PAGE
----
CitationBaker, Tamara A.; Buchanan, Nicole T.; & Spencer, Tirzah R. (2010). Commentary: Disparities and Social Inequities: Is the Health of African American Women Still in Peril?. Ethnicity & Disease, 20(3), 304-309.
AbstractAn amalgam of health concerns differentially affects the behavioral, psychological, and physical well-being of African American women. These disparities are both the result of, and contributors to, marked differences in the perception, interpretation and treatment of various psychological disorders and chronic medical conditions. Data show that African American women are diagnosed with more chronic and debilitating illnesses than found in the general population, and are often misdiagnosed with a myriad of psychiatric and medical disorders. Despite these findings, ambiguity remains about the contextual factors that affect the physical and mental well-being of African American women. The focus of this review was not to describe all psychological or medical conditions with deleterious outcomes among African American women, but rather collectively address identified mental and physical health issues prevailing among African American women. This approach addresses the urgent need to better understand the health needs of African American women in the United States, and demonstrates how advancing our knowledge of this marginalized group may lead to sustaining mental and physical health-related dialogue, while advancing policy.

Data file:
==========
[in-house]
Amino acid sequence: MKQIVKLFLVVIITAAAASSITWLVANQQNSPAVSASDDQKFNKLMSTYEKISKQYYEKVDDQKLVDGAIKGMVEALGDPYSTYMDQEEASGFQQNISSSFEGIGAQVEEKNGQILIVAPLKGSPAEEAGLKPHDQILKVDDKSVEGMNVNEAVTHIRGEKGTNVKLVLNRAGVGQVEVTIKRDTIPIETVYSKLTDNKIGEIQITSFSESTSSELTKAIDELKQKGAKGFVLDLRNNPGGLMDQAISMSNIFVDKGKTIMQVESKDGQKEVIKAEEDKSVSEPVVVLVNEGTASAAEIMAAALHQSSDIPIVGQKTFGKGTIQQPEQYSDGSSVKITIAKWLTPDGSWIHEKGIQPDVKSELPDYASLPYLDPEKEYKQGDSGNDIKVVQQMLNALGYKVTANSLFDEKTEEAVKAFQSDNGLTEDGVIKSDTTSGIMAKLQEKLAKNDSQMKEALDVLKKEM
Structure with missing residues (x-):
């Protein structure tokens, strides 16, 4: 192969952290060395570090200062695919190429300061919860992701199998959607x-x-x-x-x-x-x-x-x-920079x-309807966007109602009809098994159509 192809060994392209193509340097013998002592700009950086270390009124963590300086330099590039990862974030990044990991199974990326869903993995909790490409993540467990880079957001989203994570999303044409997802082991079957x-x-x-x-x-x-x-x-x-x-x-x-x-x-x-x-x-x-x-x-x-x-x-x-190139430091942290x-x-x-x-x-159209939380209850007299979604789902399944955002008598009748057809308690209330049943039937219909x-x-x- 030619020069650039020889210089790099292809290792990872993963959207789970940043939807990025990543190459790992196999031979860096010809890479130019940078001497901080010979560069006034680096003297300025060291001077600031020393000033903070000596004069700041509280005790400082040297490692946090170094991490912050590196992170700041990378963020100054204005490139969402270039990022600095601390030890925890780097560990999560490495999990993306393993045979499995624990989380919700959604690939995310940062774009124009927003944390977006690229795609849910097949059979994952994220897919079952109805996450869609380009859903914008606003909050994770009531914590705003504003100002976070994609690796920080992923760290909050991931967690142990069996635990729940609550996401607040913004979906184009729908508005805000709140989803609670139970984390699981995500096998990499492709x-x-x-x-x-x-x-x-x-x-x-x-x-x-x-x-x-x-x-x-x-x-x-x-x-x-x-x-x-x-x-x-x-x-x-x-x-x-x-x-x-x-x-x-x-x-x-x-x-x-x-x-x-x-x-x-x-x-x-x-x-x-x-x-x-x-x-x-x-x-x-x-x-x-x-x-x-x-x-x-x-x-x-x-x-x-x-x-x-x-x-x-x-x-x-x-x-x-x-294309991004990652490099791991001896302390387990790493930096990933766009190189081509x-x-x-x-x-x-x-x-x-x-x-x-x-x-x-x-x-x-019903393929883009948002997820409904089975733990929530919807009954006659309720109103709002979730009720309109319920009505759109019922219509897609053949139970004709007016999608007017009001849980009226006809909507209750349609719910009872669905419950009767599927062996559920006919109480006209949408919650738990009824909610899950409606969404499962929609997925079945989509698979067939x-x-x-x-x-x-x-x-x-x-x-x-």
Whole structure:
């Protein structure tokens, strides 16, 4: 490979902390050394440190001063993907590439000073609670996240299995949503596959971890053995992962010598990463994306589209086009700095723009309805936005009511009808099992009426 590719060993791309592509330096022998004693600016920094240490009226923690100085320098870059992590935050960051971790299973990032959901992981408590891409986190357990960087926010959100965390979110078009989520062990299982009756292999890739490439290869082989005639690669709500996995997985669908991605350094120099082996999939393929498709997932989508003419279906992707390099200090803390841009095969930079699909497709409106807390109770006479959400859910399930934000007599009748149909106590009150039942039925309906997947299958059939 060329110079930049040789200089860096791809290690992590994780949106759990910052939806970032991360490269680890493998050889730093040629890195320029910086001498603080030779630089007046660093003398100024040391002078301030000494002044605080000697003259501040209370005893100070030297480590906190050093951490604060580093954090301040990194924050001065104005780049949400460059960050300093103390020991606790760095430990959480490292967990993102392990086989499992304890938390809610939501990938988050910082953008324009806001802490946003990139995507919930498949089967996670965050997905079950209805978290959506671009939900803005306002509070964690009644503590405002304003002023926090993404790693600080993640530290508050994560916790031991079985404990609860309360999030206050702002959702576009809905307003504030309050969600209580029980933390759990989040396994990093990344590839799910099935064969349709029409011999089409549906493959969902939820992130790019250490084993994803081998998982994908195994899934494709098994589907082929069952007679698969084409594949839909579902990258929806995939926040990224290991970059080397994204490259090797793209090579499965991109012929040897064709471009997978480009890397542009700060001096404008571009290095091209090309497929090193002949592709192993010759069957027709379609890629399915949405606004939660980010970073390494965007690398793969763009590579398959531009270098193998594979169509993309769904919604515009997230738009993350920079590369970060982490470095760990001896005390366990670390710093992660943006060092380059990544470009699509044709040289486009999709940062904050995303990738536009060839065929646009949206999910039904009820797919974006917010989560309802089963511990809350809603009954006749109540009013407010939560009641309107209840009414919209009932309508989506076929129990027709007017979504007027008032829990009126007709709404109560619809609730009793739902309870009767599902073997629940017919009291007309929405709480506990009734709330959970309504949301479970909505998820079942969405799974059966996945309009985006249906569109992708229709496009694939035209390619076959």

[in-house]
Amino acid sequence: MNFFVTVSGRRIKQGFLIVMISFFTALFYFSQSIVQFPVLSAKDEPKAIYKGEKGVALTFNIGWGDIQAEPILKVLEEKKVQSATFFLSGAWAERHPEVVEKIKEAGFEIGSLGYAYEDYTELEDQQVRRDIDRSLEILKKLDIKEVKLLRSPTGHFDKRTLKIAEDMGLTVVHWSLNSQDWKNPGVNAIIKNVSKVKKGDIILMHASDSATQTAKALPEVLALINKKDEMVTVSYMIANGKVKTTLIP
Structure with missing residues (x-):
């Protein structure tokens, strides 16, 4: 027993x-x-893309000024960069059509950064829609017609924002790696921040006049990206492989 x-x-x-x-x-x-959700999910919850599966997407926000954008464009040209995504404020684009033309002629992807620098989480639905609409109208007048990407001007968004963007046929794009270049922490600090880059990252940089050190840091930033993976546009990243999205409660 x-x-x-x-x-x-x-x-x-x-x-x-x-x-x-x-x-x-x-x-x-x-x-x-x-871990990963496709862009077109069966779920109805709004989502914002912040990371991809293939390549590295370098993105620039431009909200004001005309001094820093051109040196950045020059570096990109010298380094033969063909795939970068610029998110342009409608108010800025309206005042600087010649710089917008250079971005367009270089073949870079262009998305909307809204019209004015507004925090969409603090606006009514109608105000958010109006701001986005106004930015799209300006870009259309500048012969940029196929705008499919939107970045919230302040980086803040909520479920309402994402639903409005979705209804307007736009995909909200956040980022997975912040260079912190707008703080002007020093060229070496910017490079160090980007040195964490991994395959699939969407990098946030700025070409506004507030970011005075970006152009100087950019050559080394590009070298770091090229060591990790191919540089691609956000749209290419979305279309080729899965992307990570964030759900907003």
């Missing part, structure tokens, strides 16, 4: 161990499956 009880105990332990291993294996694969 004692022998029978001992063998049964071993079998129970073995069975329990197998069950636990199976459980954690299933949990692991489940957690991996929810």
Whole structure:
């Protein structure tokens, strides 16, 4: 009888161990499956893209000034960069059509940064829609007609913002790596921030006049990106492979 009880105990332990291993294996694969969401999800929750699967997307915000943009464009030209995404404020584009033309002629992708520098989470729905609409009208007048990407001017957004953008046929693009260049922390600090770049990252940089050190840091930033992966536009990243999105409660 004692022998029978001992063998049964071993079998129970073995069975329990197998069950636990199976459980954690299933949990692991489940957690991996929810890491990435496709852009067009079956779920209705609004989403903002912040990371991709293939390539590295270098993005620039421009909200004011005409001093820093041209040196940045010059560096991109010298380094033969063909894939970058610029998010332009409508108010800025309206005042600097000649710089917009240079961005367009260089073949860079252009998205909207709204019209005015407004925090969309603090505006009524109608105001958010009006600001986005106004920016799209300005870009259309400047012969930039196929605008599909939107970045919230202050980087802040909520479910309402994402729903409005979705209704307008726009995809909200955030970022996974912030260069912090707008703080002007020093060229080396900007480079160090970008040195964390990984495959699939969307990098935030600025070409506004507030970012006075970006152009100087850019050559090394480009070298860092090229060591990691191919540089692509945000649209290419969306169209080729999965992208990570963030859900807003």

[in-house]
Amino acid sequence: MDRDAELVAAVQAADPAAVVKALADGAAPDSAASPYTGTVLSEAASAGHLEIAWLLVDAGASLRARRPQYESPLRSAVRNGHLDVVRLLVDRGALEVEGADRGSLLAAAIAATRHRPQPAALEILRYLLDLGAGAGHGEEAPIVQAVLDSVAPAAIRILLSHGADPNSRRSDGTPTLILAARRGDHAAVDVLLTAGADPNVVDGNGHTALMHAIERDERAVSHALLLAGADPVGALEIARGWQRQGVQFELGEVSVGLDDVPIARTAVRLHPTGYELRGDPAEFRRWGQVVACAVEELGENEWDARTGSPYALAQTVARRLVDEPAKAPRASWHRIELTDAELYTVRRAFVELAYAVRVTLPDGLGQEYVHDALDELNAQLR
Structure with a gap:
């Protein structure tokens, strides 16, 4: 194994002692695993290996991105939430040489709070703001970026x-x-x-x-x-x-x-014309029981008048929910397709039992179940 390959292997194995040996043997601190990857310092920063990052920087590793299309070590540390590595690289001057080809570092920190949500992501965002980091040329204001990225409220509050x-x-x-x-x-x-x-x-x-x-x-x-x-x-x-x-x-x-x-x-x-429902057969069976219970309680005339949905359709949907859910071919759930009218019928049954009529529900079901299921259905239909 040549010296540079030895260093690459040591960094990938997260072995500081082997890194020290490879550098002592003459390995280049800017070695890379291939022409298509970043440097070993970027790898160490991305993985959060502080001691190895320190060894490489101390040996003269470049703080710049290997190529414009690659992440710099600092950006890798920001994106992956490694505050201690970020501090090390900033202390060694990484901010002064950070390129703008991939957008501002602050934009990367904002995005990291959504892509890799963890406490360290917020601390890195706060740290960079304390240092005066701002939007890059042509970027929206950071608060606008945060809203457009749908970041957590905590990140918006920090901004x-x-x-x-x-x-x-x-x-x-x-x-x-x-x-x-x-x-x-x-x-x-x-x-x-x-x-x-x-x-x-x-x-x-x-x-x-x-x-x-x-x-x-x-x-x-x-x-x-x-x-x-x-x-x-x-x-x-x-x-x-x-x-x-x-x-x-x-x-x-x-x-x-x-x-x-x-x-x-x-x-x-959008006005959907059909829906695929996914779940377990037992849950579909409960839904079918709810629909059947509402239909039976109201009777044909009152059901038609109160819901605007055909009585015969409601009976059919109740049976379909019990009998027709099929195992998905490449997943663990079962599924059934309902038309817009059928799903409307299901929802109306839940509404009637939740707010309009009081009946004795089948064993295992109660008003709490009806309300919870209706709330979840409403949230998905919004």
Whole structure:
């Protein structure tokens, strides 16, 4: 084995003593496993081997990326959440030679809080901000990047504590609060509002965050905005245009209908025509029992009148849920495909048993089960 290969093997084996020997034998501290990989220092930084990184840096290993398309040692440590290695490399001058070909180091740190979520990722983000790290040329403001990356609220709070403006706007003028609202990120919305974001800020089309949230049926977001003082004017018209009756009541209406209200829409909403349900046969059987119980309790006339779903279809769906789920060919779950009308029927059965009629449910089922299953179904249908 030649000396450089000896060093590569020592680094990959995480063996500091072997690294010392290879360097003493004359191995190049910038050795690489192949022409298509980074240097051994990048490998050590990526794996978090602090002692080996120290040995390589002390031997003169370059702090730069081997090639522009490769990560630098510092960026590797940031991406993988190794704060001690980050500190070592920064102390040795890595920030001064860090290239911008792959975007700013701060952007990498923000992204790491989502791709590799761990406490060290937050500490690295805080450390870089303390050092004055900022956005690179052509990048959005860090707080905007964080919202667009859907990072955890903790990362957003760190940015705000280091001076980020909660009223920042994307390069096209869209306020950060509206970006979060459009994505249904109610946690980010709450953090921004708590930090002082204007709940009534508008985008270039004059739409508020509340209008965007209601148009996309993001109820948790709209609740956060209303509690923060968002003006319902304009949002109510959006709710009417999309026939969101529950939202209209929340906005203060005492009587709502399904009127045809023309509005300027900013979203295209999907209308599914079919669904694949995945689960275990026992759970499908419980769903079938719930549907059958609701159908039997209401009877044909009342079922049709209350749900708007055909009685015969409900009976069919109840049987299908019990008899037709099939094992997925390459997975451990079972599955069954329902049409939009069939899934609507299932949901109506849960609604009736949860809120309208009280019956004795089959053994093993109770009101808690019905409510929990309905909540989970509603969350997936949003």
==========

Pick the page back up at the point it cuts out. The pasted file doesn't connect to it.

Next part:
Reference TypeJournal Article
Journal TitleEthnicity & Disease
Author(s)Baker, Tamara A.
Buchanan, Nicole T.
Spencer, Tirzah R.